Mercury's surface in "enhanced color," a color scheme created to emphasize color differences. This is not what Mercury would look like to the human eye, but by applying mathematical analysis to images, color differences can be accentuated beyond those visible to a person.
Mount Rushmore National Memorial under construction.
The workers had to endure conditions that varied from blazing hot to bitterly cold and windy. Each day they climbed 700 stairs to the top of the mountain to punch-in on the time clock. Then 3/8 inch thick steel cables lowered them over the front of the 500-foot face of the mountain in a "bosun chair." Despite the dangers, no one was killed during the project.
Otters in Glacier Bay National Park and Preserve, Alaska.
The sea otter population of Glacier Bay has increased dramatically in the past 20 years. Ecologists consider sea otters a keystone species here. Otters consume vast quantities of clams, urchins, crabs, and other invertebrates and their presence creates ripples through the ecosystem. NPS photo.
Every day someone like you becomes a wildland wildfire fighter, a teacher, a trail-builder, a museum curator, or a park ranger. Discover your opportunities in national parks. Come to play. Come to learn. Come to serve. Develop your environmental leadership skills. Find a job. Be the next generation to preserve and protect these great places.
With more than 80% of Americans living in urban areas, urban parks are more important than ever. The father of American landscape architecture, Frederick Law Olmsted, said of urban parks:
It is one great purpose of the Park to supply to the hundreds of thousands of tired workers, who have no opportunity to spend their summers in the country, a specimen of God's handiwork that shall be to them, inexpensively, what a month or two in the White Mountains or the Adirondacks is, at great cost, to those in easier circumstances.
AMERICA'S GREAT OUTDOORS: Salazar Announces Fee Free Days at National Parks, Other Public Lands for 2013
Edited Jan. 2, 2013, correcting Fee Free FWS days in October
WASHINGTON -- Secretary of the Interior Ken Salazar today announced dates in 2013 ranging from Dr. Martin Luther King Jr. Day to Veterans Day when more than 2,000 national parks, national forests, national wildlife refuges, and other federal lands will offer free admittance to everyone.
“Our national parks, national wildlife refuges, national forests and other public lands offer every American a place to enjoy outdoor recreation, learn about our nation's history and culture, and restore our souls and spirits by connecting with the natural beauty and wildness of our land,” Salazar said. “By providing free admission, we are putting out an invitation to all Americans to visit and enjoy these extraordinary treasures that belong to all our people.”
The National Park Service and U.S. Fish & Wildlife Service will waive their entrance fees and the Bureau of Land Management, the U.S. Forest Service, and the Bureau of Reclamation will waive their standard amenity fees on September 28 for National Public Lands Day and from November 9 to 11 for Veterans Day weekend.
The National Park Service will also waive entrance fees on January 21 for Dr. Martin Luther King, Jr. Day, from April 22 to 26 during National Park Week, and on August 25 to celebrate the agency's 97th birthday.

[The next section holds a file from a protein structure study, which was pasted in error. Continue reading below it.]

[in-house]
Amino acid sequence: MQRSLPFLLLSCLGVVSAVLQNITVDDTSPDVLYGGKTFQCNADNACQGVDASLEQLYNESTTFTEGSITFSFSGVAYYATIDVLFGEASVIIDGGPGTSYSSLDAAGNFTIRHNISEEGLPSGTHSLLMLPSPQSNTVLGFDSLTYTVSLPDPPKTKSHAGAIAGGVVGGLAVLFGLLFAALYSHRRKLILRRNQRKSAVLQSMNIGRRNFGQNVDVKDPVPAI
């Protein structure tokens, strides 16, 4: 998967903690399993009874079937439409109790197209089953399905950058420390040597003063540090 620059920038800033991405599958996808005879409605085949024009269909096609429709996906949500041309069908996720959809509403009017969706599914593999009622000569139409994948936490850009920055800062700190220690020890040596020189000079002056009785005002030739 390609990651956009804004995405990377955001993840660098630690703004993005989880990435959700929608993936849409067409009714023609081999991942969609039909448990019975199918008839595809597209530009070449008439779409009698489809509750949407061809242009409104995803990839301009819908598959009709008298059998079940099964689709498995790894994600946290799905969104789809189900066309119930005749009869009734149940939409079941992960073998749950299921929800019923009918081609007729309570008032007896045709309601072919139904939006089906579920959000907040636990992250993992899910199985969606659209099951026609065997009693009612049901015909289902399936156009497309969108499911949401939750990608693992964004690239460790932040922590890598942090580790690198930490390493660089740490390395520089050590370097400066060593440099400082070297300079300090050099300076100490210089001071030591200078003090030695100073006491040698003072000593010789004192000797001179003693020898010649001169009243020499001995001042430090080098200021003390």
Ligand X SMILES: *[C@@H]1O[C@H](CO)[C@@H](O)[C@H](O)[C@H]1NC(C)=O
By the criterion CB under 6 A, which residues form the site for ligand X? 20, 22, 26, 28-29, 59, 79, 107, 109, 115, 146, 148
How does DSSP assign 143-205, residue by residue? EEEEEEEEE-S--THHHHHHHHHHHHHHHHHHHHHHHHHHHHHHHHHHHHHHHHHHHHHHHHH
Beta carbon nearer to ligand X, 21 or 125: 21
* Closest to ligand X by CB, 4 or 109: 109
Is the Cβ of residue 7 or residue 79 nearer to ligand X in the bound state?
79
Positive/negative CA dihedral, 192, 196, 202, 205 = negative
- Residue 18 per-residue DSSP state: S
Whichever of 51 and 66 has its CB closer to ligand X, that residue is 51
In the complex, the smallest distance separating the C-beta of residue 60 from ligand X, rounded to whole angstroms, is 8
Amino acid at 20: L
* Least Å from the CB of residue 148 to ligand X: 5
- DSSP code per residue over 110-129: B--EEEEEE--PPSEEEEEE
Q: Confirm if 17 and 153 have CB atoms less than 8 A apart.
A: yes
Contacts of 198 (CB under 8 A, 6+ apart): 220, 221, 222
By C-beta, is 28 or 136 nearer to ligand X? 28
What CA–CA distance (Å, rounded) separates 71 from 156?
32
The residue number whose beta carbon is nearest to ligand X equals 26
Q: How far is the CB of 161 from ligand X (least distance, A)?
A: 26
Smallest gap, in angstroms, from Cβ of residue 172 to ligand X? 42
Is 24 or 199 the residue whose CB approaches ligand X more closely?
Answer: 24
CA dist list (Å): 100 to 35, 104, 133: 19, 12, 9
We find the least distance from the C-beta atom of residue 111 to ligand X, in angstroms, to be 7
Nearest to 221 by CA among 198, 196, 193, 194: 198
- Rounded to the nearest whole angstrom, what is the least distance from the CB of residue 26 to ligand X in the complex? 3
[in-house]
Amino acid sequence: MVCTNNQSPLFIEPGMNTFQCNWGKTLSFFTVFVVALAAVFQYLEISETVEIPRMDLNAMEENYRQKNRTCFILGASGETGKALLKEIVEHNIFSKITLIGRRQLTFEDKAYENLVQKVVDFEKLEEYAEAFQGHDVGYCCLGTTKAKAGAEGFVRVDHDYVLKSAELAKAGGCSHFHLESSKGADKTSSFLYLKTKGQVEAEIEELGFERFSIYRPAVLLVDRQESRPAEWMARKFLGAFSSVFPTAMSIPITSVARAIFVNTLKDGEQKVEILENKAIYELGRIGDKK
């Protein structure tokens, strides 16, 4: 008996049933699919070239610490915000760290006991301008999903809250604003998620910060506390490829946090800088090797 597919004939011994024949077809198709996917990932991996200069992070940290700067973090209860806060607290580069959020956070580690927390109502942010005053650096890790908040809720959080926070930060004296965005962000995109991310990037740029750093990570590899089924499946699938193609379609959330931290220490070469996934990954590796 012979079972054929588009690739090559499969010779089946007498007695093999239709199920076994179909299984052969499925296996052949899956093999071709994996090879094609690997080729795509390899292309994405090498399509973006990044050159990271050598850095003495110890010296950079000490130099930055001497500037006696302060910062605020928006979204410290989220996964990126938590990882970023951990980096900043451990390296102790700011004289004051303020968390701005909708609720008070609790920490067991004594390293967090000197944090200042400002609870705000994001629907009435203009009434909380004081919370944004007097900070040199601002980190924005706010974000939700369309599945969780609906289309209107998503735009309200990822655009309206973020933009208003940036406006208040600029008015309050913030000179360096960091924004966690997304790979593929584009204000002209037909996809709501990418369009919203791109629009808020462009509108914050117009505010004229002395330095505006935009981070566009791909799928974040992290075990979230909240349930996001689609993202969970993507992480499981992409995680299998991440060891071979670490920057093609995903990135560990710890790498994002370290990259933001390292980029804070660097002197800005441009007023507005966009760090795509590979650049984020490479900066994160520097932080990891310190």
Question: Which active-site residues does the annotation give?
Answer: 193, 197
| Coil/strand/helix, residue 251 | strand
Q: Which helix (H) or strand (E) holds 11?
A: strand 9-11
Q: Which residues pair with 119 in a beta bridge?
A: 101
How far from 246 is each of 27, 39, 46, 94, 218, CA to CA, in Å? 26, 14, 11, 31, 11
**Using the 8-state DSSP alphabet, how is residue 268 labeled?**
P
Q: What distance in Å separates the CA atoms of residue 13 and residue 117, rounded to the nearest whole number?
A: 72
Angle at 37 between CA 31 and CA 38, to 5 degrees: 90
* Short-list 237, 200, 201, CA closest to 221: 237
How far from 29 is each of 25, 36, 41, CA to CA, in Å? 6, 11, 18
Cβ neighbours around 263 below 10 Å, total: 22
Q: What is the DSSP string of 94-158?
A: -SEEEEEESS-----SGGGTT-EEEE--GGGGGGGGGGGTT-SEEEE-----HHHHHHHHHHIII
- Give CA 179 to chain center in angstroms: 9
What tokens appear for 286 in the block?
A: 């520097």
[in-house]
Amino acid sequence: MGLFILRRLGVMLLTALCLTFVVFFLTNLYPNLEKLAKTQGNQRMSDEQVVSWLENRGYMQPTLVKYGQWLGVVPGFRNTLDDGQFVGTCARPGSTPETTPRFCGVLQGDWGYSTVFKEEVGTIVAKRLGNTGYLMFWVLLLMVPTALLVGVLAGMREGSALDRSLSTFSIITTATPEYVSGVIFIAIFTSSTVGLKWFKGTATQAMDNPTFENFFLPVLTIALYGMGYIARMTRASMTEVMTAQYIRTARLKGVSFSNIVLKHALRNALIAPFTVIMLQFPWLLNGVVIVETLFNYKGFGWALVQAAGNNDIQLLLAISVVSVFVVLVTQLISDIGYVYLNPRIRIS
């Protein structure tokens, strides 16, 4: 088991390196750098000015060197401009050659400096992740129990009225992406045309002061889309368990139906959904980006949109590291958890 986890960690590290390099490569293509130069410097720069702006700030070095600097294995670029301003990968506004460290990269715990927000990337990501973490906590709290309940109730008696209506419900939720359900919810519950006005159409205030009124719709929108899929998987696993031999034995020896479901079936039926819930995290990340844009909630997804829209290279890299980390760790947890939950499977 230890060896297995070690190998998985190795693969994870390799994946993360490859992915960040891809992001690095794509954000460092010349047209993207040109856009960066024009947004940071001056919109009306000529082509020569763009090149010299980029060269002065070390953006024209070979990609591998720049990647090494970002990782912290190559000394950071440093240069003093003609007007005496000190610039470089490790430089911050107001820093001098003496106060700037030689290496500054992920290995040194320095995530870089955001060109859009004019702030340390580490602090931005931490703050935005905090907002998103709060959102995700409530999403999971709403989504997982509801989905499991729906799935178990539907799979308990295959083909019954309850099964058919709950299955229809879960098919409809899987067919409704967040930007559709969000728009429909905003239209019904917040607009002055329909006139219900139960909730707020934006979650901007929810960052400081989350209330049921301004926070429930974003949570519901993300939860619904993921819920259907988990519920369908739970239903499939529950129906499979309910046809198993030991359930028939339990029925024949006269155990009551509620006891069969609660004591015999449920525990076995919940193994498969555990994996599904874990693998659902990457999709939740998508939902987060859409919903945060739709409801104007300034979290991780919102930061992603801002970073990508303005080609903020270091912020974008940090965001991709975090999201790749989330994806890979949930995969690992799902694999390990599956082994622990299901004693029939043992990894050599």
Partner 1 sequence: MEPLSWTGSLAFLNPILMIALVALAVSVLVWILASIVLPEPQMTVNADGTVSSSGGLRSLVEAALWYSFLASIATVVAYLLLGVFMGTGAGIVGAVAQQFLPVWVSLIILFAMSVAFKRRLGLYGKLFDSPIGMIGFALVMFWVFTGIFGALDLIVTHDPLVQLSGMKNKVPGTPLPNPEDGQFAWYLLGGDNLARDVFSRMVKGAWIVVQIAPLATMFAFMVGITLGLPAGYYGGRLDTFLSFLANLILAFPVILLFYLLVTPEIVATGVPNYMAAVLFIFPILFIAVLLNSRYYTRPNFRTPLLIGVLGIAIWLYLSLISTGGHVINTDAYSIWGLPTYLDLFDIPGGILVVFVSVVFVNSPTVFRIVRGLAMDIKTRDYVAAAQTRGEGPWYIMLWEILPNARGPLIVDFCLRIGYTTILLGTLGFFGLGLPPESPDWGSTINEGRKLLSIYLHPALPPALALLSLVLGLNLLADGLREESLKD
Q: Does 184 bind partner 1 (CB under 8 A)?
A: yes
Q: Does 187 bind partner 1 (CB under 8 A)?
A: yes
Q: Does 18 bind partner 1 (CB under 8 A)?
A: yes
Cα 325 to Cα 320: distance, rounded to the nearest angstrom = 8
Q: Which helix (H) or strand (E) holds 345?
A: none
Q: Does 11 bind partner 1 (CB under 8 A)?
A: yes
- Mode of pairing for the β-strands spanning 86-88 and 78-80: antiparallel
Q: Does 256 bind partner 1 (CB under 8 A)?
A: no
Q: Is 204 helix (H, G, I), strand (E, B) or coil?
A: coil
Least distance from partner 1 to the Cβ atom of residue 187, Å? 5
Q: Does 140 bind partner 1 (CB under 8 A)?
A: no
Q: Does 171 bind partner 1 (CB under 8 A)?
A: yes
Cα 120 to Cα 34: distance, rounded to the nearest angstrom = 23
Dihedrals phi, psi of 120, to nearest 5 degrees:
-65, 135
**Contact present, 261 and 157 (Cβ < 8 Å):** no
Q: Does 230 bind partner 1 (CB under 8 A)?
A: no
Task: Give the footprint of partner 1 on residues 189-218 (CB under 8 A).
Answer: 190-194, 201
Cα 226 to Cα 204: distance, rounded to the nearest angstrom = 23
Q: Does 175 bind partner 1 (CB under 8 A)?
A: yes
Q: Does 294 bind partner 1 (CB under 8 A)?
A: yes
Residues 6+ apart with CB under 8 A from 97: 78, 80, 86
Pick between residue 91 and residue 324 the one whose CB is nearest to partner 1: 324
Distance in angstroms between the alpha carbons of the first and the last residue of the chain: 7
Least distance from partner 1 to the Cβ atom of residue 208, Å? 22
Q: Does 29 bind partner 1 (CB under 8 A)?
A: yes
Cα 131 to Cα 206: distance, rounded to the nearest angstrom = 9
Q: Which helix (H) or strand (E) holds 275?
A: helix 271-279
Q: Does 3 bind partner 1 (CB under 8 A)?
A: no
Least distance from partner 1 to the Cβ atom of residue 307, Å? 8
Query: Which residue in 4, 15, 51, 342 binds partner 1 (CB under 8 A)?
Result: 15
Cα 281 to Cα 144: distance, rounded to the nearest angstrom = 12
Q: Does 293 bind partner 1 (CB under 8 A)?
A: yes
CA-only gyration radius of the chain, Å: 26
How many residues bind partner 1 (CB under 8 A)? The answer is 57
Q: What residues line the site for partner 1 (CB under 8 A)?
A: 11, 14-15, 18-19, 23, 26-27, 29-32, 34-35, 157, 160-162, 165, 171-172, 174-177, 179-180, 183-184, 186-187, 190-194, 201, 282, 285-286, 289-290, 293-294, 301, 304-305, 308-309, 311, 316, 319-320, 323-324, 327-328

The U.S. Fish & Wildlife Service will also waive entrance fees on January 21 for Dr. Martin Luther King, Jr. Day and October 13 for National Wildlife Refuge Week.
The Bureau of Land Management will also waive standard amenity fees on January 21 for Dr. Martin Luther King, Jr. Day.
The U.S. Forest Service will also waive standard amenity fees on January 21 for Dr. Martin Luther King, Jr. Day and on June 8 for Get Outdoors Day.
“National parks and other public lands are becoming increasingly important for both our mental and physical health,” said National Park Service Director Jonathan B. Jarvis. “In our fast-paced world, they provide places for good, old-fashioned social networking with others – places where we can relax and unwind, where we can experience new and different things, and where we can easily share thoughts and communal activities.”
Tourism and outdoor recreation are also powerful economic engines in communities across the country. Recreation on federal lands in 2009 provided 440,000 jobs and contributed $55 billion to the economy.
The fee waiver does not cover expanded amenity or user fees for things such as camping, boat launches, transportation, or special tours.
Active duty military members and their dependents are eligible for a free annual pass that provides entrance to lands managed by the National Park Service, U.S. Fish & Wildlife Service, Bureau of Land Management, Bureau of Reclamation, and the U.S. Forest Service. The America the Beautiful National Parks and Federal Recreational Lands Pass Program also offers a free lifetime pass for people with disabilities, a $10 lifetime senior pass for those age 62 and over, and a $80 annual pass for the general public.
America's great outdoors should be experienced by everyone,” said Salazar. “Our fantastic network of public lands provides world class recreational opportunities, the chance to view abundant wildlife in natural habitats, sites that showcase our nation's rich and diverse history, and some of the most incredible scenery found anyway. The fee free days will give both first time and repeat visitors a good reason to spend time in these extraordinary places.”